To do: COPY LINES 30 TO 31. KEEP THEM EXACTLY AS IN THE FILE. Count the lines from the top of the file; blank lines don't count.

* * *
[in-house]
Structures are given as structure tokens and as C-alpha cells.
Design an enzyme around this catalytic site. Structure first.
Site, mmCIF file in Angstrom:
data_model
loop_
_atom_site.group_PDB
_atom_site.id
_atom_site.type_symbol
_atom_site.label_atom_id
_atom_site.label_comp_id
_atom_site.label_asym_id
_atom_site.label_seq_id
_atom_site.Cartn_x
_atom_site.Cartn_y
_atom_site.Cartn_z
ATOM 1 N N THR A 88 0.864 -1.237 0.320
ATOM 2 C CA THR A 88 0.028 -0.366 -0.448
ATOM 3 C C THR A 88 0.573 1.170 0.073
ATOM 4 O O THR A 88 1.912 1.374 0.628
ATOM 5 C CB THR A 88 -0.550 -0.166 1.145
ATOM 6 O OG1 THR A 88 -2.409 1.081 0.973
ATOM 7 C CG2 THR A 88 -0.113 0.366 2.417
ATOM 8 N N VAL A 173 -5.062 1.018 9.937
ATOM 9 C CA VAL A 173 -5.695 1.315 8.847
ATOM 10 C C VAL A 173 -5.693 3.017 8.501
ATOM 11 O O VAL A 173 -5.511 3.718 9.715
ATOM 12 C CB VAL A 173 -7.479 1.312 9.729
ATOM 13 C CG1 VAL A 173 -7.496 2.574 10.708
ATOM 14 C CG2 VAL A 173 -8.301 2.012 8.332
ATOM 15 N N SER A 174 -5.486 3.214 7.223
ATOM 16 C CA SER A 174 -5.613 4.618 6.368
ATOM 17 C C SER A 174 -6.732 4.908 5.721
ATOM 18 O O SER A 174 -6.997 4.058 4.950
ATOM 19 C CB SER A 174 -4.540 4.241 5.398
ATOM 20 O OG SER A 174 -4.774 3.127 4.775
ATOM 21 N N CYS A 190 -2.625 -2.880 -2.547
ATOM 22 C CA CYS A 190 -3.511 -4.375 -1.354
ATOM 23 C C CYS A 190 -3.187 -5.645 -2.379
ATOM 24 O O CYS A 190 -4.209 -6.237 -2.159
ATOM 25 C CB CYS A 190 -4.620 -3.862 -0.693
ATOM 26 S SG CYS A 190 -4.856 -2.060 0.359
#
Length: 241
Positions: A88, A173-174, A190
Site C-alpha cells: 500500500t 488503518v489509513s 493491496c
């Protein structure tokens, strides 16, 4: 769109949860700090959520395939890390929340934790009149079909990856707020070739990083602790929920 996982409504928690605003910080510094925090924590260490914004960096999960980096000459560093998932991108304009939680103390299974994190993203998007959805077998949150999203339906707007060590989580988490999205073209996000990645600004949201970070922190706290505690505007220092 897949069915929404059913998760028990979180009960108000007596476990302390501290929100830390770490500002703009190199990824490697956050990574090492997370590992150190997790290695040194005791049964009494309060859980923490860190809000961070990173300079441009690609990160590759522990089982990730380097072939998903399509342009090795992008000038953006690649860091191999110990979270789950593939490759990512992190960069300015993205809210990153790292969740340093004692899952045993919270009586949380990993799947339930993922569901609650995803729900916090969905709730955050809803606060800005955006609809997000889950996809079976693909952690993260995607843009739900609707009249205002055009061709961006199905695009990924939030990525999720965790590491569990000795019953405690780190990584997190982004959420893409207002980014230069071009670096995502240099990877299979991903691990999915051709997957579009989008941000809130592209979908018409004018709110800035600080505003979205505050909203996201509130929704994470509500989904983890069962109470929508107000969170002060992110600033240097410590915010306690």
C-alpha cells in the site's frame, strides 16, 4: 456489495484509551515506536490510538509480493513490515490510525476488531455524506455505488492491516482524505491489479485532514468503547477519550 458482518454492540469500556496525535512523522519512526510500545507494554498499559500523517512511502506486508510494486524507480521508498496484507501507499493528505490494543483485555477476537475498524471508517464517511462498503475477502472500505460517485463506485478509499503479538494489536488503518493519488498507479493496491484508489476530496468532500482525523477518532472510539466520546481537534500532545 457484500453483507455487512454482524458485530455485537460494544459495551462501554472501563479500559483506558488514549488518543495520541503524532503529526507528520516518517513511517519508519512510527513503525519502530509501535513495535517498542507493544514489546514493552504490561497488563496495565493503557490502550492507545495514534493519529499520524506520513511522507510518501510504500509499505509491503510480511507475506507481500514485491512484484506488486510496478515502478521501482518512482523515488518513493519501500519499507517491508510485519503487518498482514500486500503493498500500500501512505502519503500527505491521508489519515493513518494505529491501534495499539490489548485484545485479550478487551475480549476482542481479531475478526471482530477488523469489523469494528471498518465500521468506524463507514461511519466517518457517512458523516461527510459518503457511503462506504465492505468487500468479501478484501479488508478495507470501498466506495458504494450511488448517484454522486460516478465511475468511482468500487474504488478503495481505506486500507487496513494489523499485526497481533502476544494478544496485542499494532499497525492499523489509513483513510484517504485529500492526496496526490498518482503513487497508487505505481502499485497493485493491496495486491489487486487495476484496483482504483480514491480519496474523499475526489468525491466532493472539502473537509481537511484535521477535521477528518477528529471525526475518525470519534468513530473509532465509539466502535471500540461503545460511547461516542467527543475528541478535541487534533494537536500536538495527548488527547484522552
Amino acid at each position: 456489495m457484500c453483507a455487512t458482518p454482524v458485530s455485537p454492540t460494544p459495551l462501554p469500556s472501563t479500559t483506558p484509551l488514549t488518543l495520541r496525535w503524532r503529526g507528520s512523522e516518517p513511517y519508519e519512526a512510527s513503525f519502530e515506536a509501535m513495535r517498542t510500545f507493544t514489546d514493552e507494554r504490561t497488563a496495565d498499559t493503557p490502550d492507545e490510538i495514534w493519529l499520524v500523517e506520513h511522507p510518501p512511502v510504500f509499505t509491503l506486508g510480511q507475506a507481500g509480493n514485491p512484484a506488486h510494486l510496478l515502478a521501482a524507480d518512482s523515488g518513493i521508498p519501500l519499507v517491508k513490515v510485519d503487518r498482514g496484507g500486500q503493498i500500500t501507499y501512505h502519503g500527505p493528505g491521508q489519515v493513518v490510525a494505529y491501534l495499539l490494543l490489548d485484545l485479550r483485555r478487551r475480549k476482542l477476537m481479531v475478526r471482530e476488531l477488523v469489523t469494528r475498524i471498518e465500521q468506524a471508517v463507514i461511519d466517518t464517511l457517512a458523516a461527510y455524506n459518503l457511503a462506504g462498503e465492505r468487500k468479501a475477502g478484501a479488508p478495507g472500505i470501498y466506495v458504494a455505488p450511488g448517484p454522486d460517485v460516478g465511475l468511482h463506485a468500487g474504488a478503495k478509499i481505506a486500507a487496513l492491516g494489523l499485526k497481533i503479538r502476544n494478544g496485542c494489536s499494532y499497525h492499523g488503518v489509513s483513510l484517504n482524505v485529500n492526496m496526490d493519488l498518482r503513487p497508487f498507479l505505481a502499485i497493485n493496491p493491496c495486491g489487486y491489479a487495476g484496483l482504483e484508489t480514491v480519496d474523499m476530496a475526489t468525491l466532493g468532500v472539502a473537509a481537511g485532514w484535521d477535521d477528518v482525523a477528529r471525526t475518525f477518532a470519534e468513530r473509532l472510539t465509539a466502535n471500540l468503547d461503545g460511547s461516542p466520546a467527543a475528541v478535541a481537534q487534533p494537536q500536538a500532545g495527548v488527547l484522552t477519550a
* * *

ATOM 14 C CG2 VAL A 173 -8.301 2.012 8.332
ATOM 15 N N SER A 174 -5.486 3.214 7.223